Click here to read the draft Tribal Consultation Policy (.DOC)


NIHB Board Member Rex Lee Jim Testifies at House Subcommittee Oversight Hearing

On March 6th, NIHB At-Large Member and Navajo Area Representative, Vice President Rex Lee Jim of the Navajo Nation, testified before the House Committee on Natural Resources Subcommittee on Indian and Alaska Native Affairs during its oversight hearing on the, “Fiscal Year 2013 Budget Request of the Indian Health Service (IHS) and of the Office of the Special Trustee for American Indians." NIHB’s testimony focused on the differences between the President’s FY 2013 budget request for IHS and the recommendations developed by the IHS Budget Formulation Workgroup. Other witnesses included IHS Director, Dr. Yvette Roubideaux, and Michael F. Singer, Acting Principal Deputy Special Trustee in the U.S. Department of the Interior on a federal panel. In addition to President Jim, the Tribal panel featured Jefferson Keel, President of the National Congress of American Indians (NCAI); Chairman Michael Finley of the Confederated Tribes of the Colville Reservation; Carolyn Crowder, Health Director for Aleutian/Pribilof Islands Association Inc.; Jerry Isaac, President and CEO of Tanana Chiefs Conference; and Robert McGhee, Councilman of the Poarch Band of Creek Indians.

To read Vice President Jim’s testimony, click here.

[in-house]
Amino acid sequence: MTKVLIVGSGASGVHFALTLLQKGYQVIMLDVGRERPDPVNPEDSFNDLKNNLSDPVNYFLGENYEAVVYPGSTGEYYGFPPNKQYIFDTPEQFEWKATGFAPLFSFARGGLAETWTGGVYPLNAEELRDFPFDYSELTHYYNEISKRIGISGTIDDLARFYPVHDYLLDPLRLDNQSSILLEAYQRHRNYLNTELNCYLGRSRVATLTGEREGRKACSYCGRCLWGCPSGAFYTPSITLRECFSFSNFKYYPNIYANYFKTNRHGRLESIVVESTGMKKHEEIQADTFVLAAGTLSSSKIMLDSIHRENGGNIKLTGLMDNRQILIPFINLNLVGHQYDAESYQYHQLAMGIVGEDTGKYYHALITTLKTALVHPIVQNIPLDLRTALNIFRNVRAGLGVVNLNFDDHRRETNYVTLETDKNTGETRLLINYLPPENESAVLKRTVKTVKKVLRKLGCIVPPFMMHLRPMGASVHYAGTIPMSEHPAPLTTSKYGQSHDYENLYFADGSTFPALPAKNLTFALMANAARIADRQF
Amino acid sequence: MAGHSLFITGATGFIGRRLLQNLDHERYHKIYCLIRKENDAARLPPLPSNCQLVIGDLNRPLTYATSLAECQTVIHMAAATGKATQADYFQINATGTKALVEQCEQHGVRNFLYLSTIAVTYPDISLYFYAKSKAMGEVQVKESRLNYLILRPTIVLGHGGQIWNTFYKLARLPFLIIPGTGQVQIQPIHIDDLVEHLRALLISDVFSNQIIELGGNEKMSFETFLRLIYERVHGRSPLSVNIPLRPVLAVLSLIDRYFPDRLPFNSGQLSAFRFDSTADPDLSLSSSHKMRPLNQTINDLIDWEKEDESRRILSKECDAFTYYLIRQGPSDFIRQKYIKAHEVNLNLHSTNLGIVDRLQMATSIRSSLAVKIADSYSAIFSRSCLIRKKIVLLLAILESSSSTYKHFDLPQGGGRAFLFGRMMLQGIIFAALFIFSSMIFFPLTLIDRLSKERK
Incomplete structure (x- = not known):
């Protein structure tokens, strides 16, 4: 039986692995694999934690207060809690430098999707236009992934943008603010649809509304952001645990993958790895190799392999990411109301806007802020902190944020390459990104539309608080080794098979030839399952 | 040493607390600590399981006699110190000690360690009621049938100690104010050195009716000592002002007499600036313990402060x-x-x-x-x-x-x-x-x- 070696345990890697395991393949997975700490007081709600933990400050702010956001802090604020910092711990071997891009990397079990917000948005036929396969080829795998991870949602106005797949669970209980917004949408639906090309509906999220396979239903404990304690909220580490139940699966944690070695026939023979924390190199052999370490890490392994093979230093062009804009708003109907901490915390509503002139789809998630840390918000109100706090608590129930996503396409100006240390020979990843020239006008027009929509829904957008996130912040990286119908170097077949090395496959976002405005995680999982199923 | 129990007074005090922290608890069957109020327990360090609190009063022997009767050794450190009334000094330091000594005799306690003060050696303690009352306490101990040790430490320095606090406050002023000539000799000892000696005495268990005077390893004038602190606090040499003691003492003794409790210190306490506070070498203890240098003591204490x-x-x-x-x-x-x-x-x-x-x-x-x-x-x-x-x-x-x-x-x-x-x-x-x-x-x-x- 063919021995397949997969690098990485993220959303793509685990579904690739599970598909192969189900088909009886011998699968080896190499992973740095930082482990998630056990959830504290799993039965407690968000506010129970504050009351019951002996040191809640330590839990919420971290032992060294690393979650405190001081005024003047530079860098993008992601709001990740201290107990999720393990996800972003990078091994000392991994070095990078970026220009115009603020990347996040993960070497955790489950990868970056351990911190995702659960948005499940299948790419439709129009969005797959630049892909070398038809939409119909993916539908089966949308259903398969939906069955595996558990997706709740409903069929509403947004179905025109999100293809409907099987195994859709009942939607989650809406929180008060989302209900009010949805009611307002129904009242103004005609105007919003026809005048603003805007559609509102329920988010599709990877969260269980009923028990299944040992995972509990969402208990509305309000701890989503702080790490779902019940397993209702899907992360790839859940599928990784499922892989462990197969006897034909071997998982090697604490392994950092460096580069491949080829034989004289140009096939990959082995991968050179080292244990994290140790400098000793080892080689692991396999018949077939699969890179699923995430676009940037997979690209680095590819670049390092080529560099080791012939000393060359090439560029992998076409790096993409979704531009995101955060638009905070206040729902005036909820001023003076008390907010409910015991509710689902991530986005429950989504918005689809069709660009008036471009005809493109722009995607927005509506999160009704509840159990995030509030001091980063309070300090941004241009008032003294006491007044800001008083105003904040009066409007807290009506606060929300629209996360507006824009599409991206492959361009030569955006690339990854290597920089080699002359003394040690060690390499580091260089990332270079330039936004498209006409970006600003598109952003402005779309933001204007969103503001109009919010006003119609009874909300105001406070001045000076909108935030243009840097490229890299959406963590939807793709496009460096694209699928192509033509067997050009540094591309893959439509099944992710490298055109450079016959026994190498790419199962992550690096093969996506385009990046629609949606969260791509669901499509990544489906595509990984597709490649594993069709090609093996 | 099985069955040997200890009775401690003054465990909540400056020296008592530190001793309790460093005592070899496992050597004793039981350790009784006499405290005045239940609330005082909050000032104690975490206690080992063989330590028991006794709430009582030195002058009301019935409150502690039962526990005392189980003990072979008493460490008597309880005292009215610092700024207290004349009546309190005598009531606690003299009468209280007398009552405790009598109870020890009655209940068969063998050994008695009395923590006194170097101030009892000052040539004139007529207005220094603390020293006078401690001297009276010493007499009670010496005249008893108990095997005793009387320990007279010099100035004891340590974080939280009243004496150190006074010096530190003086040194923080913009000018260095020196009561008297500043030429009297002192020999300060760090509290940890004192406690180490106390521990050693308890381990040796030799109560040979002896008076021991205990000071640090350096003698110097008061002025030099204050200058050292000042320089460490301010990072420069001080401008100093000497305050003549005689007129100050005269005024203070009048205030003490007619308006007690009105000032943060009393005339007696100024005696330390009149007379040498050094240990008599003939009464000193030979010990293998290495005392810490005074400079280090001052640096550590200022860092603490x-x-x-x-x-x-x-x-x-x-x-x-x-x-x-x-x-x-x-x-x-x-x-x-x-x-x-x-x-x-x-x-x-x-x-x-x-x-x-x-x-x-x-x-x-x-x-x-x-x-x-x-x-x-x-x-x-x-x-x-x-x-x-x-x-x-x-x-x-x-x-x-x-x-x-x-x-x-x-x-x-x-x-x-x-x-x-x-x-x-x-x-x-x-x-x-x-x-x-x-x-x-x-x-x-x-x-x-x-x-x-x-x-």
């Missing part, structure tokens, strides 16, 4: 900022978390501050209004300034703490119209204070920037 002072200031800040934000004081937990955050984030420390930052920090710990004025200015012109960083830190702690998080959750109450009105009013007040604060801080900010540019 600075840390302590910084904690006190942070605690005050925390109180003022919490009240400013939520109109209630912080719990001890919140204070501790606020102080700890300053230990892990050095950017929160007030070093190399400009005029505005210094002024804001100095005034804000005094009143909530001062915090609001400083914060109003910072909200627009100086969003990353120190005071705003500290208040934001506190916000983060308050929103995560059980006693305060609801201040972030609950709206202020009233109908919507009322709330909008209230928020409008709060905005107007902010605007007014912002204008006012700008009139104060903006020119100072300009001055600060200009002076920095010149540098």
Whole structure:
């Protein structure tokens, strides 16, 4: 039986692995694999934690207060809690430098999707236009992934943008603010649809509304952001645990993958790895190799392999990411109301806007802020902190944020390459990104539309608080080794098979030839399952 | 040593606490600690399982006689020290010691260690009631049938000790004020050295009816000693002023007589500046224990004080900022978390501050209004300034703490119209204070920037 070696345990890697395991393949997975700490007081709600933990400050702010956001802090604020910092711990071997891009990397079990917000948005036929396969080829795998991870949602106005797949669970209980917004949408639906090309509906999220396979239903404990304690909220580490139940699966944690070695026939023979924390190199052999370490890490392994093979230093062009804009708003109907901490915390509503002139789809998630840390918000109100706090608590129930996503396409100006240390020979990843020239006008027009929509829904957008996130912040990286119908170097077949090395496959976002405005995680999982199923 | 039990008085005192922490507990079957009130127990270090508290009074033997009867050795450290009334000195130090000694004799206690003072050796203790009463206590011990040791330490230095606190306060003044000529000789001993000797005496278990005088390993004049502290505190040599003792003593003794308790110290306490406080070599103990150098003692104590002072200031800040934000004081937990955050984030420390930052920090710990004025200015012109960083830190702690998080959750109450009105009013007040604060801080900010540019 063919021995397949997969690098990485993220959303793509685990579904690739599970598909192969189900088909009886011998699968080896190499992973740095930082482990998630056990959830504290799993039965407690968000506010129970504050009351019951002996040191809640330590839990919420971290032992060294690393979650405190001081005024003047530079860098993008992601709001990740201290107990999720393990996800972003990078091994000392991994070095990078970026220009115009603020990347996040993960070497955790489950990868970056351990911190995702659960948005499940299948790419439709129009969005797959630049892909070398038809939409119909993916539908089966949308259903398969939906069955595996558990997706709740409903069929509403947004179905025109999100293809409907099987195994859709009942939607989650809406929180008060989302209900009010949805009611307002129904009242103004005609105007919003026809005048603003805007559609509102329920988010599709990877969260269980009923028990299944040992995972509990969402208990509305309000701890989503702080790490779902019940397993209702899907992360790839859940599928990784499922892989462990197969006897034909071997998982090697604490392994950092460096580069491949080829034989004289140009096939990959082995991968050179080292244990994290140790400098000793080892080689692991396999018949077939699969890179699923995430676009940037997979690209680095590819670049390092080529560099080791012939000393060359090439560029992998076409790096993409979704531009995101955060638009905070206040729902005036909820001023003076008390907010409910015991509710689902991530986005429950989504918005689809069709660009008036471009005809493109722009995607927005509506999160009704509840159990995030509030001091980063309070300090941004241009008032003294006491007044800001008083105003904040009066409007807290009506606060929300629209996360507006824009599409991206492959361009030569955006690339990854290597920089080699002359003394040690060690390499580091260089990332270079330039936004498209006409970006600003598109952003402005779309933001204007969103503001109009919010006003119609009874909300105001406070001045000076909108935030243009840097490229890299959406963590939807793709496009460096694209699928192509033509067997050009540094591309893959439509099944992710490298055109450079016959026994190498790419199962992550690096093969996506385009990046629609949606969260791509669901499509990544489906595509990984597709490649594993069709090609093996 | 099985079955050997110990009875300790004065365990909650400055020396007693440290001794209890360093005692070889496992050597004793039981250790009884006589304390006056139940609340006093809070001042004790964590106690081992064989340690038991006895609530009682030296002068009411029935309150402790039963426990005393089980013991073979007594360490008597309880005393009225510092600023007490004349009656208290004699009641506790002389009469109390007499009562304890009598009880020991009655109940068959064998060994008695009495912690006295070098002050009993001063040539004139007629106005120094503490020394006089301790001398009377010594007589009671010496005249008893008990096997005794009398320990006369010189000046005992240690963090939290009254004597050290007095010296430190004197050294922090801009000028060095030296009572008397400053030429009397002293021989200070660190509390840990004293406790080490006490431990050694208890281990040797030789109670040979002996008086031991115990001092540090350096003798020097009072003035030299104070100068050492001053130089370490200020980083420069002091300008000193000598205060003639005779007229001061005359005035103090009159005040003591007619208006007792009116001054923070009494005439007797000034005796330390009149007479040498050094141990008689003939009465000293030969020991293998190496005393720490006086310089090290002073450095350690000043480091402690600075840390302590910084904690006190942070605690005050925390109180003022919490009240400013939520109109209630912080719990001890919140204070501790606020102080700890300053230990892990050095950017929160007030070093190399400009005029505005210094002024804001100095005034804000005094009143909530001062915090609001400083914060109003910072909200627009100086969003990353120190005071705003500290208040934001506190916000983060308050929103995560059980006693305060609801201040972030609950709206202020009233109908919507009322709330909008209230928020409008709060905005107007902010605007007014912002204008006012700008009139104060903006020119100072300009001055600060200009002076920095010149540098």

To view a video of the hearing and other panelist testimony, click here


Ask Congress: Sign onto a Support Letter for the Special Diabetes Program for Indians (SDPI)

Background:
Congress established the Special Diabetes Program for Indians (SDPI) in 1997 for the prevention and treatment of diabetes in American Indian and Alaska Natives (AI/ANs). AI/ANs have the highest rates of type 2 diabetes in the United States, 2.8 times higher than the U.S. general population. The SDPI is currently funded at $150 million per year through Fiscal Year (FY) 2013. The program will expire in 2013 unless it is reauthorized. To ensure uninterrupted funding for SDPI, it is crucial that Congress pass a reauthorization this year. SDPI proves that federal investment in community-driven, culturally-appropriate prevention programs has immensely positive results:

  • Average blood sugar levels among the AI/AN population decreased a full percentage point (from 9.0 percent to 8.0 percent) between 1996 and 2011.
  • Average LDL (bad) cholesterol declined over 20 percent between 1998 and 2011.
  • Between 1995 and 2006, the incidence rate of End State Renal Disease (ESRD) in AI/AN individuals with diabetes fell by 27.7 percent, which translates into millions of dollars in savings for Medicare, the Indian Health Service, and other third party payers.

Action:
Call your Senators and Representative, and ask them to add their name to an SDPI support letter because:

  • SDPI is a life-saving program that provides real returns on federal investment.